Outbreak: Foodborne Illness and the Struggle for Food Safety
Foodborne illness is a big problem. Wash those chicken breasts, and you’re likely to spread Salmonella to your countertops, kitchen towels, and other foods nearby. Even salad greens can become biohazards when toxic strains of E. coli inhabit the water used to irrigate crops. All told, contaminated food causes 48 million illnesses, 128,000 hospitalizations, and 3,000 deaths each year in the United States. Timothy Lytton’s newest book Outbreak: Foodborne Illness and the Struggle for Food Safety (Chicago University Press 2019) takes a deep dive into the complex workings of the U.S. food safety system. The book offers practical reforms that will strengthen the food safety system’s capacity to learn from its mistakes and identify cost-effective food safety efforts capable of producing measurable public health benefits. Author Timothy Lytton explained how devastating foodborne illness outbreaks have spurred steady scientific and technological advances in food safety.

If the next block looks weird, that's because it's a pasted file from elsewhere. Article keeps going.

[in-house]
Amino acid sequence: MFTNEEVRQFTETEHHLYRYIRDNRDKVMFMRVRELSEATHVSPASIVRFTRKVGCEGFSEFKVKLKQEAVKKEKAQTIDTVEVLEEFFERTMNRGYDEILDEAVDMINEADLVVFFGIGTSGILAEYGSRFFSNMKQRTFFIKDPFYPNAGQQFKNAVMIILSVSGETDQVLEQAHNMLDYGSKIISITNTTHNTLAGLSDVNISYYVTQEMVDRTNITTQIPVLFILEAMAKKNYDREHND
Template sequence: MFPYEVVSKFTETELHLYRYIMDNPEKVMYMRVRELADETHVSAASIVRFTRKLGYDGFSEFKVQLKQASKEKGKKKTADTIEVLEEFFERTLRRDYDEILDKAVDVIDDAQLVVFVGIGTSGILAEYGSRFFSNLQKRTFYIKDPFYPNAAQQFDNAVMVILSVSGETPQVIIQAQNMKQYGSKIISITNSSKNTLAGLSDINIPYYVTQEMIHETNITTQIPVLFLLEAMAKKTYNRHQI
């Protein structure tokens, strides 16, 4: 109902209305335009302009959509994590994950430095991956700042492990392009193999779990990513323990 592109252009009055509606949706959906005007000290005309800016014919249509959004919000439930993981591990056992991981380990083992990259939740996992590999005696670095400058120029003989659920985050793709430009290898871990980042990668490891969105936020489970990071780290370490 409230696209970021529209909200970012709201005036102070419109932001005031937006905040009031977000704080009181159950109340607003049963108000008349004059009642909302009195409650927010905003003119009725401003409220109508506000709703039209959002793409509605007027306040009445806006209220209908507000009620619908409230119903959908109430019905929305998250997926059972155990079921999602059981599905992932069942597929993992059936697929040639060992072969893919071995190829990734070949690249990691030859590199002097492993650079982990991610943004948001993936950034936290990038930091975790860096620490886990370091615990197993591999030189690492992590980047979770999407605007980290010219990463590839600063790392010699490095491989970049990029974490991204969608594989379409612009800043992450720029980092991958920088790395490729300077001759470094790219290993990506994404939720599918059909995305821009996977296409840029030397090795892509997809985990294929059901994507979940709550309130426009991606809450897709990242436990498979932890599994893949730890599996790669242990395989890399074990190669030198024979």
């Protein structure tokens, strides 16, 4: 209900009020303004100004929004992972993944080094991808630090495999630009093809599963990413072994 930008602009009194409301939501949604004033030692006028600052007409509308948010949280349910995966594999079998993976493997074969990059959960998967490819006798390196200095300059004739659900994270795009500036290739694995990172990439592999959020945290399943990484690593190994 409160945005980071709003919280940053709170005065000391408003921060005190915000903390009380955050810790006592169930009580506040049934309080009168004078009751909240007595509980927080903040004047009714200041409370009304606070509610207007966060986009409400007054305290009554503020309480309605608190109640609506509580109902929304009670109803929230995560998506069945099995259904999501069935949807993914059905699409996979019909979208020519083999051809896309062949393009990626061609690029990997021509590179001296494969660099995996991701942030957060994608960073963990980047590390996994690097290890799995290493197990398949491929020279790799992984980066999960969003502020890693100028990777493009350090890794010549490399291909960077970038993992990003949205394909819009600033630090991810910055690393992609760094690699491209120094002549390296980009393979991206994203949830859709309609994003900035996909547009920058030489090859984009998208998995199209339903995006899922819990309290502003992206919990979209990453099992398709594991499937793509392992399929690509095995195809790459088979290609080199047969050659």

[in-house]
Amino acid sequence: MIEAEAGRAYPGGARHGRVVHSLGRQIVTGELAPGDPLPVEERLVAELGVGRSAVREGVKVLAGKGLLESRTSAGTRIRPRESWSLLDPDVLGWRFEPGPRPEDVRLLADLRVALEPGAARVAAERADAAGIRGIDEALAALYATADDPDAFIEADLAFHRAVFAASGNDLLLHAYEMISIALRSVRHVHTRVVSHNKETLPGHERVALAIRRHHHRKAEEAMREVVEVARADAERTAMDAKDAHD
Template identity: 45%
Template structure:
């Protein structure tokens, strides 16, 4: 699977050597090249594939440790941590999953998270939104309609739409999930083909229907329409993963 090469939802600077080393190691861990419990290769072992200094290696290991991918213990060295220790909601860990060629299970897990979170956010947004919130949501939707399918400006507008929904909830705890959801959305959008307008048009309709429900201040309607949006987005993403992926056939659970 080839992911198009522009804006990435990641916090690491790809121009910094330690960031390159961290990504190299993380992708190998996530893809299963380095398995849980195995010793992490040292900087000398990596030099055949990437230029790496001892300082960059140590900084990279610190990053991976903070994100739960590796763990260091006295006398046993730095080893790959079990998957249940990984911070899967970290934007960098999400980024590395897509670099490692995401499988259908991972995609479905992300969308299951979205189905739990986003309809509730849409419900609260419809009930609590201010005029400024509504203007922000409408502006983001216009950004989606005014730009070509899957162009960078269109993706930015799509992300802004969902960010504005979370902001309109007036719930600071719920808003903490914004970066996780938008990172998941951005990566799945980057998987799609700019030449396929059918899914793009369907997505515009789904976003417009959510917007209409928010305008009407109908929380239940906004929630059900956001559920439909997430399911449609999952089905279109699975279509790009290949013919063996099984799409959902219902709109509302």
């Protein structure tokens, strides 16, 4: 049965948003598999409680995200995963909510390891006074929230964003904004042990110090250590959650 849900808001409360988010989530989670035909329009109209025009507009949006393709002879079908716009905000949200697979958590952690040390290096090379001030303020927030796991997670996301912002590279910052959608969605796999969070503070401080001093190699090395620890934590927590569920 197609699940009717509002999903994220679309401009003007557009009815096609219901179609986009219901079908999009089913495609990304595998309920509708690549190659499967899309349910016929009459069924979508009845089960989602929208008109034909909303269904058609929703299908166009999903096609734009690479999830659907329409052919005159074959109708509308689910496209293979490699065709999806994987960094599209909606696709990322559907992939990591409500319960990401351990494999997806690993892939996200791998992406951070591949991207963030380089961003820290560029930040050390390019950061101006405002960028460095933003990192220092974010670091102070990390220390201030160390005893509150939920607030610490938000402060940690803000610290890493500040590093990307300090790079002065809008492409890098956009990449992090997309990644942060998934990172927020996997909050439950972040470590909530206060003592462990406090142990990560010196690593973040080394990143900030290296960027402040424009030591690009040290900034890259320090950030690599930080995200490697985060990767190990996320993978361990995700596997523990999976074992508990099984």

Institutional Repository Citation
Lytton, Timothy D., "Outbreak: Foodborne Illness and the Struggle for Food Safety" (2019). Center for Law, Health and Society Events. 95.